25 July 2012

"Fahrenheit 451" Quotes by Ray Bradbury

Here are selected quotes from Fahrenheit 451 by Ray Bradbury. It is one of the best classic books.

- "Do you ever read any of the books you burn?"
He laughed. "That's against the law!"
"Oh. Of course."

- "Let you alone! That's all very well, but how can I leave myself alone? We need not to be let alone. We need to be really bothered once in a while. How long is it since you were really bothered? About something important, about something real?"

- "We must all be alike. Not everyone born free and equal, as the Constitution says, but everyone made equal. Each man the image of every other; then all are happy, for there are no mountains to make them cower, to judge themselves against."

- "If you don't want a man unhappy politically, don't give him two sides to a question to worry him; give him one. Better yet, give him none. Let him forget there is such a thing as war."

24 July 2012

"Heaven Is A Playground" Quotes by Rick Telander

Here is a list of the best quotes from Heaven Is a Playground by Rick Telander.

- "At times Fly seemed to be parodying the ghetto product, doing his best to be the shiftless, broken, hell-raising type he saw on the street corners of his neighborhood. To be just like them he needed to eliminate choices, and he was zeroing in on that goal. As I watch him staring down at the clouds I wonder if he realizes that the process has gone far enough." (105)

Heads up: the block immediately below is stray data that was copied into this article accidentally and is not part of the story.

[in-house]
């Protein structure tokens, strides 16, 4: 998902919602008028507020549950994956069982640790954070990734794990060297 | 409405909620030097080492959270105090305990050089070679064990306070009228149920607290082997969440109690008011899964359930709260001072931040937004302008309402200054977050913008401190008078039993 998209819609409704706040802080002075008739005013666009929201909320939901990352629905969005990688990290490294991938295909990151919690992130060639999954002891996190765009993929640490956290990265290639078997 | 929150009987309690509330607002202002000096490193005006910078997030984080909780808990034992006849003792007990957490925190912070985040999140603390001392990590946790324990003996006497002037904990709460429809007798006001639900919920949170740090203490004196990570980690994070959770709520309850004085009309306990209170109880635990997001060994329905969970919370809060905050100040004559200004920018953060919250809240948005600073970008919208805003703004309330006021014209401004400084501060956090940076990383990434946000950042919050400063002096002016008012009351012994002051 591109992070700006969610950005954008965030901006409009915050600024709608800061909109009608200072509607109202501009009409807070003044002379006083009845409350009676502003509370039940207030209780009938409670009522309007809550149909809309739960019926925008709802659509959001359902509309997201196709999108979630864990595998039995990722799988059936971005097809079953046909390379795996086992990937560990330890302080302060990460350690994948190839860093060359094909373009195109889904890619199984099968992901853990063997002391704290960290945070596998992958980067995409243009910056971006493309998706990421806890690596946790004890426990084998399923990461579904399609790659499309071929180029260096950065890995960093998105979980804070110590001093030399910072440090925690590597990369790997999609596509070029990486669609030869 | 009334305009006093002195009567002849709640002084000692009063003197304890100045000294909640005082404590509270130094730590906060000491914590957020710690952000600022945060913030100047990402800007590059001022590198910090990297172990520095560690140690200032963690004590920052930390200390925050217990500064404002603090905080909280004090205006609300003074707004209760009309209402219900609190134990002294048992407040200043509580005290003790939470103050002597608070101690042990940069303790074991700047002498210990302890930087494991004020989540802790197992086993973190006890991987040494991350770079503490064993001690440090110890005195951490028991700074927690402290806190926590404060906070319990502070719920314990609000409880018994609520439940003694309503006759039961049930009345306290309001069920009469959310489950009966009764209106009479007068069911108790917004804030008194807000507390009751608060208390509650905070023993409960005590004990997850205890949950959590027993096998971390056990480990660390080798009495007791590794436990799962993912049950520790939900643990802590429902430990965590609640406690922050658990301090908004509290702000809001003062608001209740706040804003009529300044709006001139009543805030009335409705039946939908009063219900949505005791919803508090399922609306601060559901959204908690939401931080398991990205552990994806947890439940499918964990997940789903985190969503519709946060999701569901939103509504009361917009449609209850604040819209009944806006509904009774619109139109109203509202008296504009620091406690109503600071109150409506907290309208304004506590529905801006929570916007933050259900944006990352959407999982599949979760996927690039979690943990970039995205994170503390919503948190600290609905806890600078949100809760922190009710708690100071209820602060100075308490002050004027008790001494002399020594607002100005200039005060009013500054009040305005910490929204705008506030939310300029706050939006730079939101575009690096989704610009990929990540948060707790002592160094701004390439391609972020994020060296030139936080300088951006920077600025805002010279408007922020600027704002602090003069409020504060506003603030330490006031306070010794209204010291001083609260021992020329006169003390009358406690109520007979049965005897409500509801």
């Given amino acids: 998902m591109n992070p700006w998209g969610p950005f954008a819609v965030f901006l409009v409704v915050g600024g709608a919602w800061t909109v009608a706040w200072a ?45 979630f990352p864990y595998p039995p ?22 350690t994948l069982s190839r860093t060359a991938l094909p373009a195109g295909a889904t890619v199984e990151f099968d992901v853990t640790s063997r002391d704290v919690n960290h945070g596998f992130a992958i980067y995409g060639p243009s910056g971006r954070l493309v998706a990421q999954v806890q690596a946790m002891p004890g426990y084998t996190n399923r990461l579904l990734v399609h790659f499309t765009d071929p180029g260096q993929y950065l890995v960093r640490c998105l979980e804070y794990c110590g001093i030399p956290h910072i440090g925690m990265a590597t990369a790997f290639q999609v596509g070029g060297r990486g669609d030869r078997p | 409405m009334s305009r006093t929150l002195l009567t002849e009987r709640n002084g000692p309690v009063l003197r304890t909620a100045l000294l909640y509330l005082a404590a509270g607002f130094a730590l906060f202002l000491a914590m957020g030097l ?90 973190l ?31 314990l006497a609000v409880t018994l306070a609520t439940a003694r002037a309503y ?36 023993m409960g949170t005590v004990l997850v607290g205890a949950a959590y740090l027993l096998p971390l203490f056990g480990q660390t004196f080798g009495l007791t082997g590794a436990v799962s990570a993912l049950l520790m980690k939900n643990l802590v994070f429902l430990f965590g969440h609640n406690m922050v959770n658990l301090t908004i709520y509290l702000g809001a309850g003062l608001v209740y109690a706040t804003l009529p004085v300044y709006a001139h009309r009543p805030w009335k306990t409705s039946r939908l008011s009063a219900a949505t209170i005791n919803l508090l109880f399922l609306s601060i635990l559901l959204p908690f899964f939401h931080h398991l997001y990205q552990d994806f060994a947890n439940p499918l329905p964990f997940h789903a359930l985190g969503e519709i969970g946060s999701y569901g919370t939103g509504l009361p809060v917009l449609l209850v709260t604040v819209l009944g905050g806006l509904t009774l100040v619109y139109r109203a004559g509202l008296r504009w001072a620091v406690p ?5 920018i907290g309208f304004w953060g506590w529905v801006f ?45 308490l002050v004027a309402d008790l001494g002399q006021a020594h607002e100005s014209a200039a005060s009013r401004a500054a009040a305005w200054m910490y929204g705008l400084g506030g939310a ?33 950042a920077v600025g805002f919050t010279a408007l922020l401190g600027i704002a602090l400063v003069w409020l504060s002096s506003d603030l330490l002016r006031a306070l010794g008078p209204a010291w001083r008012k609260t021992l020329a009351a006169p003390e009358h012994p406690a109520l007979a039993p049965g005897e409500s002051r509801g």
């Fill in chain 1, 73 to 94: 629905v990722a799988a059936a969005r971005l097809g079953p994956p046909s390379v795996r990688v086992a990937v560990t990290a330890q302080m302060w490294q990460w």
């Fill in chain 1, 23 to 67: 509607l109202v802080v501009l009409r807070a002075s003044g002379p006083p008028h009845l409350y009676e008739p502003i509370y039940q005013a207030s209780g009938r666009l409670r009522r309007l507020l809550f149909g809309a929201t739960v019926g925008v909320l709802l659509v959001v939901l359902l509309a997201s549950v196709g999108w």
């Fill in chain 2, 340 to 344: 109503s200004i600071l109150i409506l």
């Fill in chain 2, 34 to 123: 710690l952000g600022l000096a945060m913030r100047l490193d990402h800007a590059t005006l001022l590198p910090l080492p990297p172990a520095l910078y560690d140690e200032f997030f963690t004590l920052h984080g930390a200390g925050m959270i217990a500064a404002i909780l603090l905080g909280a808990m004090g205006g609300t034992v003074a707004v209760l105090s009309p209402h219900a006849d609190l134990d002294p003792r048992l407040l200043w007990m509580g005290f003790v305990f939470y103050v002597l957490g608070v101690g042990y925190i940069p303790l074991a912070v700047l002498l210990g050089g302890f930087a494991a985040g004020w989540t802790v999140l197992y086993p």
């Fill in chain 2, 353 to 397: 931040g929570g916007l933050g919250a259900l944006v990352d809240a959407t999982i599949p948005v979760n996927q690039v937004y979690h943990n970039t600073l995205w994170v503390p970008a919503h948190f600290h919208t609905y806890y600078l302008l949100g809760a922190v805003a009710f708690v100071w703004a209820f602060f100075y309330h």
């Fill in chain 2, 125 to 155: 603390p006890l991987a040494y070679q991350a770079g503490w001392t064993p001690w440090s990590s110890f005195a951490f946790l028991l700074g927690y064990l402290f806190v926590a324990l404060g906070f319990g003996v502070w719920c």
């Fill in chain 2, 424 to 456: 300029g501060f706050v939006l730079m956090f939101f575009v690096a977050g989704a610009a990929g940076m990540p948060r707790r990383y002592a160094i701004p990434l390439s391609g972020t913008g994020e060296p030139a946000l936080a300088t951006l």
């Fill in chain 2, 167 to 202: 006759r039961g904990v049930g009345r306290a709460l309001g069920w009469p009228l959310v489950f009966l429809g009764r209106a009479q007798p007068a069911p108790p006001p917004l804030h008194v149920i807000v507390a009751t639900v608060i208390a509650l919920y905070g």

- "I wander out of the park in the other direction, wondering about DeMont. Does anyone care when he comes home? Does he have a father, an uncle? Does he have anyone who cares about him, and him only, who says, 'I love yuou, son. You are my flesh and my blood. You are my heart.' I wonder about many things all of a sudden, and I feel a cloud descending upon me, the cloud I have been fighting all along, the one I can't let reach me..." (128)

- "Listening to the conversation I have to wonder what college really is like for these Brooklyn youths. Away from neighborhood confines for the first extended period of time, thrown into university environments dominated by whites with little comprehension of street behavior, the players must find themselves in a strange land. Perhaps their whole personality changes to fit the surroundings; perhaps they return to smaller groups of similarly displaced blacks. At the larger, more cosmopolitan schools the change probably is not so dramatic. But at the Austin Peays and Murray States and St. Francises and Fairfields, where Rodney sends most of his players, the social climate occasionally must be so at odds with the experiences of ghetto life as to seem totally bizarre, if not incomprehensible." (168)